The abdomen had 'purple patches', which didn't fit with an anatomical part of the body. He says it is difficult to describe in any detail, without a photo.

    He says he has seen this in Child A before and had not seen it on any other baby, outside of the babies in the case.

    The patches were 'different sizes' and in the region of 1-2cm big - 'not dots'.

    The areas were 'on the abdomen - not above the chest or below the groin - in the middle section'.

    The patches 'did not fit with the perfusion' seen.

    He tells the court if the abdomen was dusky or white, then the whole of the body would gradually take that colour too.

    He says in the case of an affected blood supply, the blood would be lost from the legs first and the body would pull the blood 'into the middle of the body'.

    "But on this occasion, it is the middle where you are seeing these discolourations?"


    Dr Harkness confirms he has never seen these discolourations before or since, outside of the babies in this case.

    Dr Harkness's notes record 'intubated as an emergency at 11.45pm'

    He says although there were risks associated with this, the 'safer option' for Child E was to do things as an emergency.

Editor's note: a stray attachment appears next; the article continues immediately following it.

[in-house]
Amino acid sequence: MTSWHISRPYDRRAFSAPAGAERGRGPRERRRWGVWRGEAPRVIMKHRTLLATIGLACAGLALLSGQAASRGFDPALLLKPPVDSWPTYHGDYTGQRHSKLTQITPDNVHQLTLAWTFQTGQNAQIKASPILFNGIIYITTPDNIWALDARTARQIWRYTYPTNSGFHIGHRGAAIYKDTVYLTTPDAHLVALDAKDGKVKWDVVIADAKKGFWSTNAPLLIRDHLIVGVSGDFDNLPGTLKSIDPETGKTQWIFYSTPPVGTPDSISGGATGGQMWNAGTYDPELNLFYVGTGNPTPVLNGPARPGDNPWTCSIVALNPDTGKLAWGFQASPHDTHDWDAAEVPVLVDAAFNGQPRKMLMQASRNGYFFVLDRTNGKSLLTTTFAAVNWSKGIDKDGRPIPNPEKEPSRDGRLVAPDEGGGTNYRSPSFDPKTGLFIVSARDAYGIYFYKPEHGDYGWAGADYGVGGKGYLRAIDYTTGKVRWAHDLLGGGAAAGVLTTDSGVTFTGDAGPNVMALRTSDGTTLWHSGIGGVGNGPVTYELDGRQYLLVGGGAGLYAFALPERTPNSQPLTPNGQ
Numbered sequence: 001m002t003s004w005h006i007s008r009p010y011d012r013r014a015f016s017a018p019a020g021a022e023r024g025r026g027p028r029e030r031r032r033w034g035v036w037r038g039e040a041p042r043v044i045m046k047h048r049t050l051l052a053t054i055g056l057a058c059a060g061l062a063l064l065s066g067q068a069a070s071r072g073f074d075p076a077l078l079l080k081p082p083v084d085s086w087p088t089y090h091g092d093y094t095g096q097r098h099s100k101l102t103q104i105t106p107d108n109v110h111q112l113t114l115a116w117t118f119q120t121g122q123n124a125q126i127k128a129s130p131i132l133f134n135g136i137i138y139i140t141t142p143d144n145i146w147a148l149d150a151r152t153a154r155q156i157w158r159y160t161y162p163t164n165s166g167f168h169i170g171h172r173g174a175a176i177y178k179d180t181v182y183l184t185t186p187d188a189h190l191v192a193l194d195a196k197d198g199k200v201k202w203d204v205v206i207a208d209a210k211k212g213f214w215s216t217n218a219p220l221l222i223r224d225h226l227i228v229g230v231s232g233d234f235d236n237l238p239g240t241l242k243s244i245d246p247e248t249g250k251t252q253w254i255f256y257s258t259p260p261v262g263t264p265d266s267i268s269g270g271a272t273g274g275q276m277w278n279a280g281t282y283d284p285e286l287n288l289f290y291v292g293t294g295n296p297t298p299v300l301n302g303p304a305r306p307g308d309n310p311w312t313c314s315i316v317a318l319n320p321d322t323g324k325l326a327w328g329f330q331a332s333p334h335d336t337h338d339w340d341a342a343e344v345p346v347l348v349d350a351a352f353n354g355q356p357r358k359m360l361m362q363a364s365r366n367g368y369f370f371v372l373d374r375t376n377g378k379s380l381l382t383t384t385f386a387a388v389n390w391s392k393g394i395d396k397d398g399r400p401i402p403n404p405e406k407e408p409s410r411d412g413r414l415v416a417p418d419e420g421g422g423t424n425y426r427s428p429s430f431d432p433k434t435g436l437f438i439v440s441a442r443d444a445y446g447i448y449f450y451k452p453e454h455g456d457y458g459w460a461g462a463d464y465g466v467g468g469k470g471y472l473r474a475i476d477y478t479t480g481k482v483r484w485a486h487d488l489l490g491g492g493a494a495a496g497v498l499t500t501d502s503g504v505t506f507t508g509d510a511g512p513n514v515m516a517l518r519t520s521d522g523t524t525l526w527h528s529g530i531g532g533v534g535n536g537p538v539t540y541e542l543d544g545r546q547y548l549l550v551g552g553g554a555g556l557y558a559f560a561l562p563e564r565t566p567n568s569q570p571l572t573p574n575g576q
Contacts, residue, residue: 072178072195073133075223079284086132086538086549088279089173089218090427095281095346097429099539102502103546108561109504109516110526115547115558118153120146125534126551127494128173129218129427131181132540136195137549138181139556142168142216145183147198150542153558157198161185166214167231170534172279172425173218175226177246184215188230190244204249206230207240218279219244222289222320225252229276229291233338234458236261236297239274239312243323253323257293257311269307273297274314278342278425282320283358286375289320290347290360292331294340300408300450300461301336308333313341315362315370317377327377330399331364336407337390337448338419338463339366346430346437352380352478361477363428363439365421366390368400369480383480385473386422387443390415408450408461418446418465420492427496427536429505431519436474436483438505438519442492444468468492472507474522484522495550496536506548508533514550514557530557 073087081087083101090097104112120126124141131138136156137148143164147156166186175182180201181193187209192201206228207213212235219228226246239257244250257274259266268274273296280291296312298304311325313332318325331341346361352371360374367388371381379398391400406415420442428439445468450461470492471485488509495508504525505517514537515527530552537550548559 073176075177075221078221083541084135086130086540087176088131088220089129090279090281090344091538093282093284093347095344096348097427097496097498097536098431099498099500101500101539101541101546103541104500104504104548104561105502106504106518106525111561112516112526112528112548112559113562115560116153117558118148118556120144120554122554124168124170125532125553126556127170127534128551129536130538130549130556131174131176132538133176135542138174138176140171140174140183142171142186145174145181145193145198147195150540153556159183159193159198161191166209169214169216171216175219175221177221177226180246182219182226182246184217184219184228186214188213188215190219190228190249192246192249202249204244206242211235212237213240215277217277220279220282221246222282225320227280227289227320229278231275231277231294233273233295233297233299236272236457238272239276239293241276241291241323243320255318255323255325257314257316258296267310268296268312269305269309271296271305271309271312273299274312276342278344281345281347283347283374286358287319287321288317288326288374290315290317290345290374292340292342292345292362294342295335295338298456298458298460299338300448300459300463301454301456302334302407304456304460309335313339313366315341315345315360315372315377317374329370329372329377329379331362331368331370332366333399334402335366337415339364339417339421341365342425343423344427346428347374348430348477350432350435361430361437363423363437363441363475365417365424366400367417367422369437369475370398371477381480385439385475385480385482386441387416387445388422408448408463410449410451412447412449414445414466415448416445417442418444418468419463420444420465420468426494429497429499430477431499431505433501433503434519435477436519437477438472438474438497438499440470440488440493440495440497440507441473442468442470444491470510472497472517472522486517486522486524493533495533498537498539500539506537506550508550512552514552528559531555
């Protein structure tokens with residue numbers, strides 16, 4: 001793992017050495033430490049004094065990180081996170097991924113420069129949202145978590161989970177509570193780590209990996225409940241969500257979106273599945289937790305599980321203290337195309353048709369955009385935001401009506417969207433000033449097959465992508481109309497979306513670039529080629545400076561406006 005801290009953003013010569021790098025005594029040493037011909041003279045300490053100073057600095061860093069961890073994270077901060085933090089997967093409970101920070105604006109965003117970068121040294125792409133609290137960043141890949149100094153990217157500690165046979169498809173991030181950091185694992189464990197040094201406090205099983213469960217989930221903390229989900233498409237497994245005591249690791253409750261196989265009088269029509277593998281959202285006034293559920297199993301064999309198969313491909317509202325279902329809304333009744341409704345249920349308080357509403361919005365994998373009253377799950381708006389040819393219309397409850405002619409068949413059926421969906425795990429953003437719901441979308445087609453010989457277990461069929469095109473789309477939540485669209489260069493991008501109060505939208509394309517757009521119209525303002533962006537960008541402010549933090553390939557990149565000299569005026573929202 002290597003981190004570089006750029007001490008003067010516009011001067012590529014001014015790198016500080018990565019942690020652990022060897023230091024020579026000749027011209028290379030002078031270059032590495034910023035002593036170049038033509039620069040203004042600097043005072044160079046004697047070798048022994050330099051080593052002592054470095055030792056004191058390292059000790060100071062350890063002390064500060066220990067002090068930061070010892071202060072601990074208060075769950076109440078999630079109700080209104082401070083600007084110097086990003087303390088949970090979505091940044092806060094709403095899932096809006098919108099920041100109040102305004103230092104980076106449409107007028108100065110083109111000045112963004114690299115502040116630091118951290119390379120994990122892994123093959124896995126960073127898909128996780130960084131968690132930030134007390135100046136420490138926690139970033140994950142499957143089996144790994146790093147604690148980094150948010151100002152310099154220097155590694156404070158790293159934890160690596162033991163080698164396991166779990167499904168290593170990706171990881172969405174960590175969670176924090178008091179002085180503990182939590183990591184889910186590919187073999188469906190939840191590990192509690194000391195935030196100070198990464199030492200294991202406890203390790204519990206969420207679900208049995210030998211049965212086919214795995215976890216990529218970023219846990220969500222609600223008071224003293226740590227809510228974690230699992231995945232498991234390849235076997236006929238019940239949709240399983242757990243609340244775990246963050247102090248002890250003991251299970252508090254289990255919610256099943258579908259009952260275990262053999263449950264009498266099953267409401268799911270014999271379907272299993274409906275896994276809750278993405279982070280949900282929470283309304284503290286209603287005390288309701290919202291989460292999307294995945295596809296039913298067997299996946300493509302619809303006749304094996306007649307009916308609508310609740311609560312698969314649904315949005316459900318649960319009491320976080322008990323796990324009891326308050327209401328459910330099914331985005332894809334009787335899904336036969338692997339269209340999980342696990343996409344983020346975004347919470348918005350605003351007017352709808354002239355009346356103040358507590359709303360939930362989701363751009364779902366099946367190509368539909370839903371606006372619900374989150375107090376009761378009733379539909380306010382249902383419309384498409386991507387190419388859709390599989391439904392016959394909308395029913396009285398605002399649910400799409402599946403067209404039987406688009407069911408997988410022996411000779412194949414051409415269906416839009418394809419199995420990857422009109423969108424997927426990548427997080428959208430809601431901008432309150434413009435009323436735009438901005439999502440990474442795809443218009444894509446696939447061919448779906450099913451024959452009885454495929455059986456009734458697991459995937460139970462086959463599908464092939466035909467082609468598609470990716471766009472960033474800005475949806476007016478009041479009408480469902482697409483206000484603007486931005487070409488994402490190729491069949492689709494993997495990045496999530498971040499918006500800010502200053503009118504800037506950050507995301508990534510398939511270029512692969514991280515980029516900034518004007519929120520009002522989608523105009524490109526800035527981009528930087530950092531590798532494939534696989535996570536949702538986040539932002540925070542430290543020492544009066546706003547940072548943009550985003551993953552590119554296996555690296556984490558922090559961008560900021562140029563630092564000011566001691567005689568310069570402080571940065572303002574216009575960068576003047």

An ET tube was inserted, with 'good air and chest movement' recorded, and the tube was recorded to be in the correct place.

    Child E was also 'put on ventilator', with 100% oxygen.

    The saturation readings were '60-70%', and after a morphine bolus was administered, those improved to 80%.

    The 'purple discolouration of abdomen remained', it is noted.

    Child E's blood pressure had dropped but was still in the normal range.

    The plan was to administer further medication, but there was a concern that administering a drug to make the heart beat faster would lead to 'worse bleeding'.

    Dr Harkness says 'from his recollection' the blood had settled and there was no further substantial amount of blood recorded.

    Dr Harkness said he and a colleague were stood at the end of the incubator, discussing what medication and plans were being put in place for Child E, when Child E collapsed "in front of our face when we were stood there".